In the history of flight, the first lighter-than-air balloon (1783) and the first powered aircraft (1903) are very recent when compared with the age of kites.
The exact date and origin of the kite is not known but it is believed that they were flown in China more than two thousand years ago. One legend suggests that when a Chinese farmer tied a string to his hat to keep it from blowing away in a strong wind, the first kite was born.
The earliest written account of kite flying was about 200 B.C. when the Chinese General Han Hsin of the Han Dynasty flew a kite over the walls of a city he was attacking to measure how far his army would have to tunnel to reach past the defenses. Knowing this distance his troops reached the inside of the city, surprised their enemy, and were victorious. Kite flying was eventually spread by traders from China to Korea, and across Asia to India. Each area developed a distinctive style of kite and cultural purpose for flying them.
During the Silla Dynasty of Korea around the year 600, General Gim Yu-sin was ordered to subdue a revolt. However, his troops refused to fight. They had seen a large shooting star fall from the sky and believed it to be a bad omen. To regain control, the General used a large kite to carry a fire ball into the sky. The soldiers, seeing the star return to heaven, rallied and defeated the rebels.
Kites were brought to Japan about the 7th century by Buddhist monks. They were used to avert evil spirits and to insure rich harvests.
Kite flying became very popular in Japan during the Edo period. For the first time Japanese people below the samurai class were allowed to fly kites. The Edo (now Tokyo) government tried unsuccessfully to discourage this pastime as "too many people became unmindful of their work."
According to one story, about 300 years ago a thief was said to use a large kite to carry himself to the top of Nagoya Castle in order to steal a golden statue from the roof. All he was able to remove were a few small pieces. Later he was captured and punished severely when he bragged of his exploits.
The earliest evidence of Indian kite flying comes from miniature paintings from the Mogul Period around 1500. A favorite theme was of a young man skillfully using his kite to drop messages to a lover who was being held in strict seclusion from him and the rest of the world.
There are many stories about how the people of Micronesia used leaf kites to carry bait far out over the water where the gar-fish fed. The Polynesians have myths about two brother gods introducing kites to man when they had a kite duel. The winning brother flew his kite the highest. There are still contests in the islands where the highest flying kite is dedicated to the gods.
Marco Polo carried stories of kites to Europe around the end of the 13th century. Illustrations of the period show non-flying dragon kites on military banners. Sailors also brought kites back from Japan and Malaysia in the 16th and 17th centuries. Kites were regarded as curiosities at first and had little impact on European culture.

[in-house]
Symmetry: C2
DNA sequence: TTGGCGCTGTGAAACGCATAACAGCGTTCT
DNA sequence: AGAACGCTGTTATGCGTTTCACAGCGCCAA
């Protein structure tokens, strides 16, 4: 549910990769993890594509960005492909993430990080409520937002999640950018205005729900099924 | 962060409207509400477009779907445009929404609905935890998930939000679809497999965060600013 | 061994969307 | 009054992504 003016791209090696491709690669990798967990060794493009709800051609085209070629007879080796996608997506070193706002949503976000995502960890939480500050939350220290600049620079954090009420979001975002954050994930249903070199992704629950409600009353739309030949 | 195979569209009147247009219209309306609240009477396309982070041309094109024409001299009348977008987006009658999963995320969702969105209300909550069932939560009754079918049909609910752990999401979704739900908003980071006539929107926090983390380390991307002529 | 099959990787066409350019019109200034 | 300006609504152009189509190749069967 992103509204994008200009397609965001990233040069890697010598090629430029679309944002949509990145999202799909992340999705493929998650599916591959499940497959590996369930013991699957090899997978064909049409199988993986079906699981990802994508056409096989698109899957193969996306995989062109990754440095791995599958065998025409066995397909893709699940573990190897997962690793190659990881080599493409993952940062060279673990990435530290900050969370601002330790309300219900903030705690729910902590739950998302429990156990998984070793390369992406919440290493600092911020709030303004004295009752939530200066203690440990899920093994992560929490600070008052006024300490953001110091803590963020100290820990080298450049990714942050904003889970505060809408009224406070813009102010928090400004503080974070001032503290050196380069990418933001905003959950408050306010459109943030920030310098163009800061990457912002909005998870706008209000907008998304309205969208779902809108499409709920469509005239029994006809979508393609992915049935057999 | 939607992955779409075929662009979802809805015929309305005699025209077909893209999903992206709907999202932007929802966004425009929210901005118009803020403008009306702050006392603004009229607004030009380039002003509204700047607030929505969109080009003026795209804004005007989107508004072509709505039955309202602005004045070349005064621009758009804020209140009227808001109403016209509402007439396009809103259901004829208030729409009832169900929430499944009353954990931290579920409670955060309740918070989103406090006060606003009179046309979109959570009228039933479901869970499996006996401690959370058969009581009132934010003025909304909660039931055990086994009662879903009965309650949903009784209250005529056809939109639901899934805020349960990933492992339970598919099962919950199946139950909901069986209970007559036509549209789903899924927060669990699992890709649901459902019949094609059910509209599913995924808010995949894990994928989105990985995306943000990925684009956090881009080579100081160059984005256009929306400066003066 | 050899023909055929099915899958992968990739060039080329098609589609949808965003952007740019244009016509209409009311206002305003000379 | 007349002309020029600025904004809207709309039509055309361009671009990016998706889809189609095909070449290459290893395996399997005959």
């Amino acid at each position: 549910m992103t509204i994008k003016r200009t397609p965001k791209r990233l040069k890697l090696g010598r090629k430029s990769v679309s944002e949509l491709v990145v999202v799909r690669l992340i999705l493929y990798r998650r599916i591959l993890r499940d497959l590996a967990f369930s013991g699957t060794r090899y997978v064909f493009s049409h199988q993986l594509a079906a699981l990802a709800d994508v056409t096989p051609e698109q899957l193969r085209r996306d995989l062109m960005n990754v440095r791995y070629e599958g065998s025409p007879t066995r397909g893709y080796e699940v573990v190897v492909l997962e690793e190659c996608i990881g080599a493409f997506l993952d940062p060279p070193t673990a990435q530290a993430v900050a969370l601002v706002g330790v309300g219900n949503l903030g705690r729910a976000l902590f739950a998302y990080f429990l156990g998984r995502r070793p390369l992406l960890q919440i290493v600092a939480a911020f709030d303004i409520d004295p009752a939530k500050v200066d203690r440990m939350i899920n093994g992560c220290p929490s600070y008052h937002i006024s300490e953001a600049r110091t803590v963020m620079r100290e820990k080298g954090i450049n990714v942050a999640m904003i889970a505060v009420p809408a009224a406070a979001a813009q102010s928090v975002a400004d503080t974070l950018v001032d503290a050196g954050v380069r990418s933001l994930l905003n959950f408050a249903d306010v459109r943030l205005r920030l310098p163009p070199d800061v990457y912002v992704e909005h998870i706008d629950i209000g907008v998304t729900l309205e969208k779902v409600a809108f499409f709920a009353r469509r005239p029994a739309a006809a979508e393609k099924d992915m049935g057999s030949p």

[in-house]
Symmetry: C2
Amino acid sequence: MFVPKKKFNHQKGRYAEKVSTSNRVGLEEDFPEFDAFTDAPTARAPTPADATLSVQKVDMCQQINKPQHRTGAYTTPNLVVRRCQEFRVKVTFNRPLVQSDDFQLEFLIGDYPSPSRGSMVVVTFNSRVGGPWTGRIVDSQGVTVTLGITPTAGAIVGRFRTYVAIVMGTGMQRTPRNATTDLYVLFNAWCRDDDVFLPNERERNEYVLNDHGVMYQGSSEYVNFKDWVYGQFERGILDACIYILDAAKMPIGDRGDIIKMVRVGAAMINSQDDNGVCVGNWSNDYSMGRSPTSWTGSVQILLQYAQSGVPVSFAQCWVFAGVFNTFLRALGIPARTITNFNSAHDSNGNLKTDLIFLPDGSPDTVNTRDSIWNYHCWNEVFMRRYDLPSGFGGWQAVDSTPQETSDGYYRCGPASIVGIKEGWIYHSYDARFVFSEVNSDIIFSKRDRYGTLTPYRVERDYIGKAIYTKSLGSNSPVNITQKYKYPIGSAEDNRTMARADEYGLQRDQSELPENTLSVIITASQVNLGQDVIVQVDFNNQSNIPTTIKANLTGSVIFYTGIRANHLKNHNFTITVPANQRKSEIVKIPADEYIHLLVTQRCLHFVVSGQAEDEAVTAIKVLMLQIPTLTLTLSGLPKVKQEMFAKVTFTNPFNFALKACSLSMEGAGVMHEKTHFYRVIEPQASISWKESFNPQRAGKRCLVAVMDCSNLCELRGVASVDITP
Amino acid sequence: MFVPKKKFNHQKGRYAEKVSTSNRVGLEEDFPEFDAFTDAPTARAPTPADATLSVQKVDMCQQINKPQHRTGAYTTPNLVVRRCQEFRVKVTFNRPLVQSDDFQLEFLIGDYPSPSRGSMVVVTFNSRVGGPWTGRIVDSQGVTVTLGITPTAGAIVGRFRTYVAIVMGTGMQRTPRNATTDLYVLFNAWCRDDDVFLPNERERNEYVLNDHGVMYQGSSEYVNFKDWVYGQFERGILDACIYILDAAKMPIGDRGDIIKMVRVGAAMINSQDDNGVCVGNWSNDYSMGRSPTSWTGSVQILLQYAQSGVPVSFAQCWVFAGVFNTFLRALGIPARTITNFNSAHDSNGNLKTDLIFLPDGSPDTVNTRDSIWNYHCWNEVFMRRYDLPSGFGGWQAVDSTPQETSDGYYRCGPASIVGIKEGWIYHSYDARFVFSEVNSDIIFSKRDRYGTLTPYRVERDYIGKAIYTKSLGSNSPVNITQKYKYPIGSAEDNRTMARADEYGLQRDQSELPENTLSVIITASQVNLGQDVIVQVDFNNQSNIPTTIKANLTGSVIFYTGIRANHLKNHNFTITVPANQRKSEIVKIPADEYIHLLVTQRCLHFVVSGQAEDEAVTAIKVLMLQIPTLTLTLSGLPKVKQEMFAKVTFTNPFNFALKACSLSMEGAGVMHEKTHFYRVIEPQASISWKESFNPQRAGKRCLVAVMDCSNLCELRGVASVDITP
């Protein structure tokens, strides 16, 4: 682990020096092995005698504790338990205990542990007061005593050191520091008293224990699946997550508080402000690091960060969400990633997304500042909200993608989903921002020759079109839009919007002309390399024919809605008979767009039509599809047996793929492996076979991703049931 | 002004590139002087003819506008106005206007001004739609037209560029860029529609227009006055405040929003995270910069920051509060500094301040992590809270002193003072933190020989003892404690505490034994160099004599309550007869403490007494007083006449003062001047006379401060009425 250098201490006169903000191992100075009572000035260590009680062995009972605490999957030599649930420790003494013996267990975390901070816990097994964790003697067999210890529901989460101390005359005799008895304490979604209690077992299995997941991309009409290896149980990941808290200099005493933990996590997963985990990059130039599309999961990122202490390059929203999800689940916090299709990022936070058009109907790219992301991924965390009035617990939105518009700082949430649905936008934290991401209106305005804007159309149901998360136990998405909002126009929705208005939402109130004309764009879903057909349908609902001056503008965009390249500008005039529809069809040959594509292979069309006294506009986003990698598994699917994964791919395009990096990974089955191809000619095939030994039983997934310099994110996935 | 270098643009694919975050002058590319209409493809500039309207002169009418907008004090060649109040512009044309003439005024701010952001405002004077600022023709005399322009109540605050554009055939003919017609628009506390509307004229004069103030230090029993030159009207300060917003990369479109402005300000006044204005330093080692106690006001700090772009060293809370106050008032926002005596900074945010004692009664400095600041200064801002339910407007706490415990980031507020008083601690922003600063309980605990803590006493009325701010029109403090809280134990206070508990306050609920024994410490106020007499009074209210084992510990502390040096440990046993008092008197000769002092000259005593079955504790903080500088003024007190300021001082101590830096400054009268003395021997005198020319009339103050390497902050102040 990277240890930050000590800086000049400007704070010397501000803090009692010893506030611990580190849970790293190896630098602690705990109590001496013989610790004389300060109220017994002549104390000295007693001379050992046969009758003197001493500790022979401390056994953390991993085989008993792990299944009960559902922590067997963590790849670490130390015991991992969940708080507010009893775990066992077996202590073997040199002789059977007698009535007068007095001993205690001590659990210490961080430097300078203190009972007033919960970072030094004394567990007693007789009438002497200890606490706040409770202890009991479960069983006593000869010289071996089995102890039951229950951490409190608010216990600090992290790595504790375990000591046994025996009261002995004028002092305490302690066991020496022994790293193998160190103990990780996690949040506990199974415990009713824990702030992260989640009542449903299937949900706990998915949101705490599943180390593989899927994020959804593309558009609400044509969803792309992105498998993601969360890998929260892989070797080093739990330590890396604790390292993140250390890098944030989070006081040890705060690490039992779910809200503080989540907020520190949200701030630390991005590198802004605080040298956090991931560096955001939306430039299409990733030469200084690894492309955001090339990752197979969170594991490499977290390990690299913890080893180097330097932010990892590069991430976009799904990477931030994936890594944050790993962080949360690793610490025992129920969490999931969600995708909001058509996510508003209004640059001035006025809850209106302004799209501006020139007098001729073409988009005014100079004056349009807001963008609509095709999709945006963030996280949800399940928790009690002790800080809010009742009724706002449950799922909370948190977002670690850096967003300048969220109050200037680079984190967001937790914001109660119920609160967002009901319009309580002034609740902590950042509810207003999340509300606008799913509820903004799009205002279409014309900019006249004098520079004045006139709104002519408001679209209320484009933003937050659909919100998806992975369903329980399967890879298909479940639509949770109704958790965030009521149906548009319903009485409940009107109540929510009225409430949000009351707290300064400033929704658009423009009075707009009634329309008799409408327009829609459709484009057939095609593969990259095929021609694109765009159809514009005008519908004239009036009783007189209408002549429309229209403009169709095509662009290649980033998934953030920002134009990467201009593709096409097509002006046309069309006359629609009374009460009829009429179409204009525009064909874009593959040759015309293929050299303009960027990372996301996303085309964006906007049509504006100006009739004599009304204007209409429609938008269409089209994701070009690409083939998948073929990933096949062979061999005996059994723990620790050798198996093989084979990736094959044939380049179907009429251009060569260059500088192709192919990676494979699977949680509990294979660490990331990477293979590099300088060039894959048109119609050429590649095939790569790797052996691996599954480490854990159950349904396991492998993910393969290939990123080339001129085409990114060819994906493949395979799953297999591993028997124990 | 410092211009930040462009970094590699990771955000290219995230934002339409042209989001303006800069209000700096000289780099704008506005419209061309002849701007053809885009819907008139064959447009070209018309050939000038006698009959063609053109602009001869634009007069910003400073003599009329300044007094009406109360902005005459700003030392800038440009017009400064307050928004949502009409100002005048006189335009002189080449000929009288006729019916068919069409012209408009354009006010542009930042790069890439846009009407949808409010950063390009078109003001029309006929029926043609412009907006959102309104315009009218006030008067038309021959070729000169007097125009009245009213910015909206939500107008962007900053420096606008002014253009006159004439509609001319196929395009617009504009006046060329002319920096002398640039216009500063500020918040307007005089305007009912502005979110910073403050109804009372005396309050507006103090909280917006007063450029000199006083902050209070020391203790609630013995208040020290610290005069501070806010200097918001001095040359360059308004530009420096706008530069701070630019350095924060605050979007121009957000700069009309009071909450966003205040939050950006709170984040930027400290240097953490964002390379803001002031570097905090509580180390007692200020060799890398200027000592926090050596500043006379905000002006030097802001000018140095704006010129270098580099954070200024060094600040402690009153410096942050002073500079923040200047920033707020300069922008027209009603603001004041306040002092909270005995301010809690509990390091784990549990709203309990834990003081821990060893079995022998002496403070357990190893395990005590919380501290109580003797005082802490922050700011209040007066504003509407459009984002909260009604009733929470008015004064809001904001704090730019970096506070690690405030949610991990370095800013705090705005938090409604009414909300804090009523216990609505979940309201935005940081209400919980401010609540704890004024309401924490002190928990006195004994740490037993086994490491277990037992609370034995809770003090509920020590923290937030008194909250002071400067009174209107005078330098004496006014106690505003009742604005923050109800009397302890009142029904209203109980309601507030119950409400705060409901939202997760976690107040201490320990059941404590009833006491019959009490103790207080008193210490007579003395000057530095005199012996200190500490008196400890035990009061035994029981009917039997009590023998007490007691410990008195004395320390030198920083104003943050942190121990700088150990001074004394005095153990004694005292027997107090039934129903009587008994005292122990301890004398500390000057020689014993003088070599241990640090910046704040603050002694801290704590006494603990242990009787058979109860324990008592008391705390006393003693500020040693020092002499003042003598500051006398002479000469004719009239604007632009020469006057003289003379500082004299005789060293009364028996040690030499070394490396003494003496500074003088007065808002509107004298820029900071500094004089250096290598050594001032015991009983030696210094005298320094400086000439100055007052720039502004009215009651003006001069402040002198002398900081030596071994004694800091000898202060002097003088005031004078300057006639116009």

In the 18th and 19th centuries, kites were used as vehicles and tools for scientific research.
Men like Benjamin Franklin and Alexander Wilson used their knowledge of kite flying to learn more about the wind and weather. Sir George Caley, Samuel Langley, Lawrence Hargrave, Alexander Graham Bell, and the Wright Brothers all experimented with kites and contributed to development of the airplane.
The US Weather service flew kites designed by William Eddy and Lawrence Hargraves to raise meteorological instruments and cameras.
One of the strangest uses of kite power was developed by schoolmaster George Pocock. In 1822, he used a pair of kites to pull a carriage at speeds of up to 20 miles per hour. Some of his kite trips were recorded at over 100 miles. And because road taxes at the time were based on the number of horses a carriage used, he was exempted from any tolls!
During World War I, the British, French, Italian, and Russian armies all used kites for enemy observation and signaling. The introduction of airplanes quickly made these units obsolete. The German Navy continued to use man-lifting box kites to increase the viewing range of surface-cruising submarines. In World War II, the US Navy found several uses for kites. Harry Saul's Barrage Kite prevented airplanes from flying too low over targets. Pilots lost at sea raised the Gibson-Girl Box kite so they could be found. And Paul Garber's Target Kite, a large steerable Diamond was used for target practice and aircraft recognition at sea.
As the airplane became firmly established the kite was used less for military purposes or scientific research and more for recreational flying. The last 50 years has seen renewed interest in kiting. New materials like ripstop nylon, fiberglass, and carbon graphite have made kites stronger, lighter, more colorful, and more durable. Important inventions like Francis Rogallo's flexi-wing and Domina Jalbert's parafoil kites helped develop modern hang-gliders and sport parachutes.
In 1972 Peter Powell introduced a toy dual line stunter and the public began to fly kites not only for fun, but also for sport. Enthusiasts experimented with new designs that could fly precise maneuvers, go faster, or perform intricate tricks. Competition where fliers competed to music became popular.
Larger and more powerful kites were designed and in the 1980's, Peter Lynn of New Zealand introduced a stainless steel kite powered buggy. In the 1990's, kite traction on wheels, over water, and on ice have become increasingly popular. In 1999, a team used kite power to pull sleds to the North Pole.
Material courtesy of the American Kitefliers Association